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Transportation plan fails in Senate

May 15, 2001
By: Nick White
State Capital Bureau

JEFFERSON CITY - A Republican-driven plan to study the future of Missouri's roads failed by one vote in the state Senate Tuesday, as Democrats argued that a study is not needed to see Missouri's roads are crumbling.

The straight party-line vote -- with one GOP no show -- reflected how contested the issue of Missouri's roads has been for the 2001 legislative session, dividing lawmakers by political party and geographic area represented.

Only three days remain in the session, and if increased funding for roads does not pass by then, the General Assembly will have to wait until next year to address what seom lawmakers have called a "crisis."

The Senate resolution that failed, proposed by Senate Transportation Committee Chairman Morris Westfall, R-Halfway, did not call for the generation of hundreds of millions in revenue proposed by Gov. Bob Holden and approved by the House. Instead, the failed resolution called for further research into the state's need for transportation.

Democrats argued that the GOP push for more research is a "thin veil" for not taking action on the real problem - the state Department of Transportation needs more money. Democrats have pushed for gasoline and sales tax hikes to solve the problem, and voters would need to approve a tx increase.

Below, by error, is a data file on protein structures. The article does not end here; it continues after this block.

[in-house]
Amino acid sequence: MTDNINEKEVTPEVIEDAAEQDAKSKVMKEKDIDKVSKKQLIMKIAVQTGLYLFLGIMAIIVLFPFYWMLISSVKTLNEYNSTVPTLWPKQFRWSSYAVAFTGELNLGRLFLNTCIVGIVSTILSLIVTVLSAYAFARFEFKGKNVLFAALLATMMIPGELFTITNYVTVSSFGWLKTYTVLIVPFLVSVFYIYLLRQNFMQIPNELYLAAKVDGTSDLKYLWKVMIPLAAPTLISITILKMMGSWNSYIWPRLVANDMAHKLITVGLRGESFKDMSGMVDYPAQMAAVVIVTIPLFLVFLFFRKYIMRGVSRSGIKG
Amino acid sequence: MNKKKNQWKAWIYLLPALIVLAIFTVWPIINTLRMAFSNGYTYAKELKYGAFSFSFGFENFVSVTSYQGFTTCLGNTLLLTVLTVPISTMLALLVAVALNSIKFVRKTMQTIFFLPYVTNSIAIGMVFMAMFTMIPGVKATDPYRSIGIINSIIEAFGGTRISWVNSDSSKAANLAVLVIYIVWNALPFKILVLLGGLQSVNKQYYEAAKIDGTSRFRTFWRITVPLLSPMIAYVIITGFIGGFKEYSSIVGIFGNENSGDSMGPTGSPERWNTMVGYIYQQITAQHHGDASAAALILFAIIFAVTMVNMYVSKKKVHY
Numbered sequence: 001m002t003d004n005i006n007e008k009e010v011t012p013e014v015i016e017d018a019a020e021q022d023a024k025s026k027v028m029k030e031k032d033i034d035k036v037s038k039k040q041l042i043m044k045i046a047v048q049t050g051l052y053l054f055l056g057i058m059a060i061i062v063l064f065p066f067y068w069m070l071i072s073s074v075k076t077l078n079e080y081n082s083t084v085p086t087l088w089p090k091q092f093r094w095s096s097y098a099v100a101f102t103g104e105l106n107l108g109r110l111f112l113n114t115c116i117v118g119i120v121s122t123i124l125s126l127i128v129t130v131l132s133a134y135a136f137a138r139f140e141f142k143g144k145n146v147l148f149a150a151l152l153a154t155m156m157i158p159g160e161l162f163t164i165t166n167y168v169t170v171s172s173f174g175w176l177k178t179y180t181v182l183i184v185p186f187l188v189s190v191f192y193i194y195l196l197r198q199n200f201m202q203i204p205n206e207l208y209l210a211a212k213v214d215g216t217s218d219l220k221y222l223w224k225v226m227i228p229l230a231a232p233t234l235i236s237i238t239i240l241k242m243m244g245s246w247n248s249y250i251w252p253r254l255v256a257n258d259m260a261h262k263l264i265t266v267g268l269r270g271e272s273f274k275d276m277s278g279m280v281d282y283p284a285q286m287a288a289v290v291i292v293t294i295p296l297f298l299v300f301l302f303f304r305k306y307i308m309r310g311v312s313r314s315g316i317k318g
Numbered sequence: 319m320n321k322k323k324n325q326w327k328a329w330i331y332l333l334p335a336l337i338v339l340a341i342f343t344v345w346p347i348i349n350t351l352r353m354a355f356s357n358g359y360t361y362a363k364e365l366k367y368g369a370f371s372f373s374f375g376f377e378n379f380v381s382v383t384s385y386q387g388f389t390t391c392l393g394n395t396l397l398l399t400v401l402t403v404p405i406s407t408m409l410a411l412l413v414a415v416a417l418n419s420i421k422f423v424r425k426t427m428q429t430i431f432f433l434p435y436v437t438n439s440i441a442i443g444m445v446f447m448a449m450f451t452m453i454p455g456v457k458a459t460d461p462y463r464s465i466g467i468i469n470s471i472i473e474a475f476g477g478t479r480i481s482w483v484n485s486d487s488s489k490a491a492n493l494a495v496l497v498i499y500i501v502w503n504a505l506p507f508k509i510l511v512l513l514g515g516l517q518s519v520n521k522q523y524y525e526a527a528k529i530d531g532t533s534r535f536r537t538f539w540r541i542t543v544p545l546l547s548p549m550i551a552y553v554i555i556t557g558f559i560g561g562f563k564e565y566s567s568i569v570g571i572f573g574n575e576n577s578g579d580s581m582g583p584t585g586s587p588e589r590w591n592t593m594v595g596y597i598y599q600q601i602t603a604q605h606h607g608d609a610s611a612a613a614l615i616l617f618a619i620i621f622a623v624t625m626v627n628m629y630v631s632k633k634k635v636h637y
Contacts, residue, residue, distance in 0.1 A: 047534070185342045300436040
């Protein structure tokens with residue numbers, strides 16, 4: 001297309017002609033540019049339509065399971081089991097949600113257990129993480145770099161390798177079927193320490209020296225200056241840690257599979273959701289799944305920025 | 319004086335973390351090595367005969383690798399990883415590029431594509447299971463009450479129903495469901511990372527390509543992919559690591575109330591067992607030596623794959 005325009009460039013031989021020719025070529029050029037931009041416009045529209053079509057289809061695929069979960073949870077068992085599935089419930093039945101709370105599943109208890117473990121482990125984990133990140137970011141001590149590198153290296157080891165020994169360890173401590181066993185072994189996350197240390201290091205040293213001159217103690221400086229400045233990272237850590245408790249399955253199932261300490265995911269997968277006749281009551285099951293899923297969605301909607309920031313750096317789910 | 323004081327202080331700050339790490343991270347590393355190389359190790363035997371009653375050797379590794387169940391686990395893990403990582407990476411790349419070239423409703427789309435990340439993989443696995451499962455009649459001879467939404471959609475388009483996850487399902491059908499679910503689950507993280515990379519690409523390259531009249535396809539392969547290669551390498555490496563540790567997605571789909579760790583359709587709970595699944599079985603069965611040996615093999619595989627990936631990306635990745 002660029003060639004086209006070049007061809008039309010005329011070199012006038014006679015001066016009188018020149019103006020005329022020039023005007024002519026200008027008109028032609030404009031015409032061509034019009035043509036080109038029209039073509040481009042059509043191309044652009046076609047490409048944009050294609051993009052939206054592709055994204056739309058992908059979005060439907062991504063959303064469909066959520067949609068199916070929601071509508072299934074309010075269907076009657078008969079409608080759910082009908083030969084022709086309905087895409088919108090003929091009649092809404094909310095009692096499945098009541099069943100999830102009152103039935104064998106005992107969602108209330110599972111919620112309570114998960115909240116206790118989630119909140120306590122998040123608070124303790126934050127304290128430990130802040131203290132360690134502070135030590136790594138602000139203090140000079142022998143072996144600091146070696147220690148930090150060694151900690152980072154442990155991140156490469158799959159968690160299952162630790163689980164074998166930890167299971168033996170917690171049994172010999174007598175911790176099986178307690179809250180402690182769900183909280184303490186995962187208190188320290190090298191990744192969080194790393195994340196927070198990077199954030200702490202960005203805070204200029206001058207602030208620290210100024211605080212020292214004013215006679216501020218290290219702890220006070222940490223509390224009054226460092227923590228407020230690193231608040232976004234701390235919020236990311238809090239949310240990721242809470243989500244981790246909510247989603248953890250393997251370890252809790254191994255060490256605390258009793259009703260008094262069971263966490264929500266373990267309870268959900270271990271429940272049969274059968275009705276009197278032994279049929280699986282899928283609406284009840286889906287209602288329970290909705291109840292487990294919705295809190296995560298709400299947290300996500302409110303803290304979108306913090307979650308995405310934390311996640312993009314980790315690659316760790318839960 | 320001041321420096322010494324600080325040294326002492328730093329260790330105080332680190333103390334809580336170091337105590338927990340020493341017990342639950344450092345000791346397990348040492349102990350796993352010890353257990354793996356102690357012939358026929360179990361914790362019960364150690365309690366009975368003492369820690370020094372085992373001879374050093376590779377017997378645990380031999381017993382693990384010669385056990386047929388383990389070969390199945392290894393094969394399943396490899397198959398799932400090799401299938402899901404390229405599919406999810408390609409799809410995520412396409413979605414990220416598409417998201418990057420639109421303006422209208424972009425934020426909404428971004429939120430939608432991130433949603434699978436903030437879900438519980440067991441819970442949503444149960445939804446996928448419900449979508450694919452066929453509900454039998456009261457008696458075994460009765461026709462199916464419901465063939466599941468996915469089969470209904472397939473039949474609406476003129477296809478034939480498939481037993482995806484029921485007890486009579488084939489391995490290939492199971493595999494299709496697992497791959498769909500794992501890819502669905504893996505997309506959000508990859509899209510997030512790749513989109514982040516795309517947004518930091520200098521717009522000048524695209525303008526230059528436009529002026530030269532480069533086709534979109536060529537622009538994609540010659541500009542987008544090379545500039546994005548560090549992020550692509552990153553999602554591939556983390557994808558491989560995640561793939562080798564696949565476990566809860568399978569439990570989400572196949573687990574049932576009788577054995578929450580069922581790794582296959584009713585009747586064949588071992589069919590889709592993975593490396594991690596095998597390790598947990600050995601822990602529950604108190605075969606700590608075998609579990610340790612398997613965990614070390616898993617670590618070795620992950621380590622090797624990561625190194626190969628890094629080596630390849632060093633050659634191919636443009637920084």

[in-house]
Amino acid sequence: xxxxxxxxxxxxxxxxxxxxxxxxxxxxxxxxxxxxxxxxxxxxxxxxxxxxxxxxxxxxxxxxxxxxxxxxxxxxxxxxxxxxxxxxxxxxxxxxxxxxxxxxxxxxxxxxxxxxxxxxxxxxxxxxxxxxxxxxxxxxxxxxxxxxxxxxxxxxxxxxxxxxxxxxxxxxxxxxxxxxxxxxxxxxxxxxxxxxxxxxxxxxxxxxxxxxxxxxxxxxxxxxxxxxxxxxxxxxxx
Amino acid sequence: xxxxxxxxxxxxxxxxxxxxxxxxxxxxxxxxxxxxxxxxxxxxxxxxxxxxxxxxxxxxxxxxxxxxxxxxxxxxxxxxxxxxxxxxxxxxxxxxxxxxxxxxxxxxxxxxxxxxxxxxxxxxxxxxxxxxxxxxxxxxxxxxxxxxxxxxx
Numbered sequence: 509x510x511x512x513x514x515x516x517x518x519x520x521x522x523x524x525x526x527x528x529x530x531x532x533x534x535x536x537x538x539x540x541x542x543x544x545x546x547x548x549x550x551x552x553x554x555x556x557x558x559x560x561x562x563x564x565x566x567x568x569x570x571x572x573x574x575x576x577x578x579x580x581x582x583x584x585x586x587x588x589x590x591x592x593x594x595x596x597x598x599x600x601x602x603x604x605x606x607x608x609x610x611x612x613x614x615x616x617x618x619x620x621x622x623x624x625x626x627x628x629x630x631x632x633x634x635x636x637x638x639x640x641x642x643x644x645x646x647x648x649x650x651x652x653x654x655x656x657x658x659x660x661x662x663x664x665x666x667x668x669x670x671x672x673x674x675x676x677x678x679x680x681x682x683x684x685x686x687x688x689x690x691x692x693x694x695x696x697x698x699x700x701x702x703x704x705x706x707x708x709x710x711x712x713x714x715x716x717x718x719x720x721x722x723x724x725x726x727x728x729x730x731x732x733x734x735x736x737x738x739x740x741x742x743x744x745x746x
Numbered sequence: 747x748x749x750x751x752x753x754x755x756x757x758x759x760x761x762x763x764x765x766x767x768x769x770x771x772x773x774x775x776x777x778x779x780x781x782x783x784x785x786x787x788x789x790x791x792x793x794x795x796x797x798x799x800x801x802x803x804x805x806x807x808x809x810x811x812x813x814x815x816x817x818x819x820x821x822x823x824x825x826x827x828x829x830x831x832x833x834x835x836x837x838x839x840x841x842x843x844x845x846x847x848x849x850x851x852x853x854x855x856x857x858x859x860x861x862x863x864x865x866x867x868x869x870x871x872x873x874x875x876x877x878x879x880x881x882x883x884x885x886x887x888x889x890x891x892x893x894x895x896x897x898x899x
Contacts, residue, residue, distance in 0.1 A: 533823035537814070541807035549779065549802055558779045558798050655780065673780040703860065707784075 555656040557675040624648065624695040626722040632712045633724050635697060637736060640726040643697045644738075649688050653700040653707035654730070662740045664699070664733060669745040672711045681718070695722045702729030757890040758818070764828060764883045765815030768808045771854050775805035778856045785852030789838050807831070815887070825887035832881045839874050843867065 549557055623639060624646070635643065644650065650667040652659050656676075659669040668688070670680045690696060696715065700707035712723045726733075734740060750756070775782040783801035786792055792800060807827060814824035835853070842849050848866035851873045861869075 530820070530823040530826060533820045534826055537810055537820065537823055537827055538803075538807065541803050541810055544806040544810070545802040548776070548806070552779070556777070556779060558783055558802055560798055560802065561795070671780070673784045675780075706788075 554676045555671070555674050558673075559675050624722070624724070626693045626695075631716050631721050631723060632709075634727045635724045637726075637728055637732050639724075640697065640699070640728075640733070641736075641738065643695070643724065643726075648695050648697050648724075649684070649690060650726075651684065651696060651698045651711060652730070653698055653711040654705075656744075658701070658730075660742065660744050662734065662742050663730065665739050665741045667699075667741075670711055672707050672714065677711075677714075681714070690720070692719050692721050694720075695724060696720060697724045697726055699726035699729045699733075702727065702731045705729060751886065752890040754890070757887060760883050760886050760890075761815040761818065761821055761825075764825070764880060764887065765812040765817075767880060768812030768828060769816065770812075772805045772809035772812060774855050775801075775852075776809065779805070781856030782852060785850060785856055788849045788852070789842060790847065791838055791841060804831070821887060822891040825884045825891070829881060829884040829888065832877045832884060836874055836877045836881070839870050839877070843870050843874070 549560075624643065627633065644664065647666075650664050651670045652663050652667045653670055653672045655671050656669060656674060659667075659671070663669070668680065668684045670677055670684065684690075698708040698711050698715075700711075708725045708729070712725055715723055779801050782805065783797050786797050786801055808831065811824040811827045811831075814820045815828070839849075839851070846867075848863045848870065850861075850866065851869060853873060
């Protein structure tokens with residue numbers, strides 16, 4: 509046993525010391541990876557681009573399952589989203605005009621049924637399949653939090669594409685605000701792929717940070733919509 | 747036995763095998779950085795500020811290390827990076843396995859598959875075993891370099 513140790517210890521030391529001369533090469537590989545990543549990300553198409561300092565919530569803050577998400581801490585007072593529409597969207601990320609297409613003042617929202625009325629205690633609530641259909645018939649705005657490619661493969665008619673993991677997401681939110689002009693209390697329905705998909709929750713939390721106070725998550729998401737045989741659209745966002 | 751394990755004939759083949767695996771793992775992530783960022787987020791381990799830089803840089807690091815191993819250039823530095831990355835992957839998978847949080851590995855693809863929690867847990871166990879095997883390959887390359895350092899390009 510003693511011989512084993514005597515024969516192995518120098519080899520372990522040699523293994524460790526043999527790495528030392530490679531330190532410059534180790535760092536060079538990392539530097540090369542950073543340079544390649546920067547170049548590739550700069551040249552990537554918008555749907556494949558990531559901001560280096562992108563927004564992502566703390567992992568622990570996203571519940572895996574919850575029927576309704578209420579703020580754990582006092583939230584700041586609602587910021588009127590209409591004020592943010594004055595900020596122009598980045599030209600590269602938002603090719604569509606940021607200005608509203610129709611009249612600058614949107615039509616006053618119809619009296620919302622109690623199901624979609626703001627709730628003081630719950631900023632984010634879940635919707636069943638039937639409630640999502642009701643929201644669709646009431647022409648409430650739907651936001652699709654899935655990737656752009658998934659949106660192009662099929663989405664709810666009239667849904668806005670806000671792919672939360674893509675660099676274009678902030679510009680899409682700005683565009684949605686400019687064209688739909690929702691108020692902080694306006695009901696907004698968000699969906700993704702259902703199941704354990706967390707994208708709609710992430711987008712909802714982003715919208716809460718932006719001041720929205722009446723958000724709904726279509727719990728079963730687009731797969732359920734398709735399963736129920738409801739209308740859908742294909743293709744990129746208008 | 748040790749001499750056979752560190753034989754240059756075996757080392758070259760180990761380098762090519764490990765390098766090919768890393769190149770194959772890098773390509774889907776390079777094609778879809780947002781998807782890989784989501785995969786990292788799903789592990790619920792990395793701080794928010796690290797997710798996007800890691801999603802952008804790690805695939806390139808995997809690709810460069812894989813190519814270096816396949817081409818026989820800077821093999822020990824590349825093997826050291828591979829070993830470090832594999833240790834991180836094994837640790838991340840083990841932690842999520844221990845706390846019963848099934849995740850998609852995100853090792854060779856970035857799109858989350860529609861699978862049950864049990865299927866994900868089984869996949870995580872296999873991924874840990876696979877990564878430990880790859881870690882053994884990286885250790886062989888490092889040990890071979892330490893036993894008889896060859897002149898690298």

Republicans clashed loudly with Democrats on the Senate floor during debate.

"You and the other elected members of this body are scared to let the people vote on this issue when people are dying across this state because of the accidents," said Sen. Jim Mathewson, D-Sedalia, to Sen. David Klarich, R-St. Louis County, who responded with yelling.

"That blood has been pouring on the streets for a decade under your control," Klarich shouted to Mathewson. "Don't try to put it at the footsteps of the Missouri Senate."

The resolution might have passed had all Republican senators voted. But Sen. Marvin Singleton, R-Joplin, broke ranks with his fellow Republicans by not voting. He said he was sitting in his office and reviewing papers.

Singleton said if he had been present, he would have voted for the resolution.

"Studying never hurt anything," Singleton said.